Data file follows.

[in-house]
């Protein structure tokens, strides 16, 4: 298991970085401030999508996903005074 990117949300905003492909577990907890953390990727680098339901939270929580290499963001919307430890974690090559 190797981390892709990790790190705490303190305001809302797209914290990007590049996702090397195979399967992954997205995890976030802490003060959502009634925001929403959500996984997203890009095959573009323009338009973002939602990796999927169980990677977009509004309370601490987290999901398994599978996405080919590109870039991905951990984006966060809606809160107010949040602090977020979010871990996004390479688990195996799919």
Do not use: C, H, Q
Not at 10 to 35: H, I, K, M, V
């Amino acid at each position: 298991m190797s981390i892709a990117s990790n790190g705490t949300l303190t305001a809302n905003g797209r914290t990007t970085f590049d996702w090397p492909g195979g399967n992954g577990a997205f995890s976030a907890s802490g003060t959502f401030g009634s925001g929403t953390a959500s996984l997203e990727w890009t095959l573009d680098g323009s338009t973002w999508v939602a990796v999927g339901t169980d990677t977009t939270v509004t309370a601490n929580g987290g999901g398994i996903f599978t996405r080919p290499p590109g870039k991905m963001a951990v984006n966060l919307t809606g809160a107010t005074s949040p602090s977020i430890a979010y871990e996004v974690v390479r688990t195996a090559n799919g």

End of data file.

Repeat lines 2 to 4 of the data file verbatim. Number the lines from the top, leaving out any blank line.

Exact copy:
């Protein structure tokens, strides 16, 4: 298991970085401030999508996903005074 990117949300905003492909577990907890953390990727680098339901939270929580290499963001919307430890974690090559 190797981390892709990790790190705490303190305001809302797209914290990007590049996702090397195979399967992954997205995890976030802490003060959502009634925001929403959500996984997203890009095959573009323009338009973002939602990796999927169980990677977009509004309370601490987290999901398994599978996405080919590109870039991905951990984006966060809606809160107010949040602090977020979010871990996004390479688990195996799919």
Do not use: C, H, Q
Not at 10 to 35: H, I, K, M, V